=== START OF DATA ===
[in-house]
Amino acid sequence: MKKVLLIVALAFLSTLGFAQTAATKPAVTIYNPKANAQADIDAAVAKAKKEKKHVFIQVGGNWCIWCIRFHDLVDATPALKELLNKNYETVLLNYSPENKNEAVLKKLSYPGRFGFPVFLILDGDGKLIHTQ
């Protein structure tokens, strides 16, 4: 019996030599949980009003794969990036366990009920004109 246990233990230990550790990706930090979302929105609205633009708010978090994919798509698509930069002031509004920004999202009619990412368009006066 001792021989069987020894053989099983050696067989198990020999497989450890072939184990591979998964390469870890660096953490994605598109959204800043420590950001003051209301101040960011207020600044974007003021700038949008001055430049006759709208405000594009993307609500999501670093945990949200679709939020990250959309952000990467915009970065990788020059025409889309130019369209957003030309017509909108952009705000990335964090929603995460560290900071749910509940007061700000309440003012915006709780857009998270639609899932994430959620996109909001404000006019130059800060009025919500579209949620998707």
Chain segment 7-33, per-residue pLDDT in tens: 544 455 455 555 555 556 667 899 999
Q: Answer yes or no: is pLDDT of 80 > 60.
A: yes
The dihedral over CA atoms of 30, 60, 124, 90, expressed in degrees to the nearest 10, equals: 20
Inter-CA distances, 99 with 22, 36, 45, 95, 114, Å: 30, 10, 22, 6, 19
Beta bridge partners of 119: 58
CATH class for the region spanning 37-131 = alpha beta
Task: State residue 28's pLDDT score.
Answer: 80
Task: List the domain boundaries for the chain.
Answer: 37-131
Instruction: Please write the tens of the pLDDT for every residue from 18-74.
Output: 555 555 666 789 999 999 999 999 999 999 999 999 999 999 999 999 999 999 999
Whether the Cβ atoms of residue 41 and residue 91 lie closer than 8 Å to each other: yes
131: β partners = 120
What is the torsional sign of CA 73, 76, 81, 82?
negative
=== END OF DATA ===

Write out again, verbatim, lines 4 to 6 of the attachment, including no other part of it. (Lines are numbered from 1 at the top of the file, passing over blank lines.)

Chain segment 7-33, per-residue pLDDT in tens: 544 455 455 555 555 556 667 899 999
Q: Answer yes or no: is pLDDT of 80 > 60.
A: yes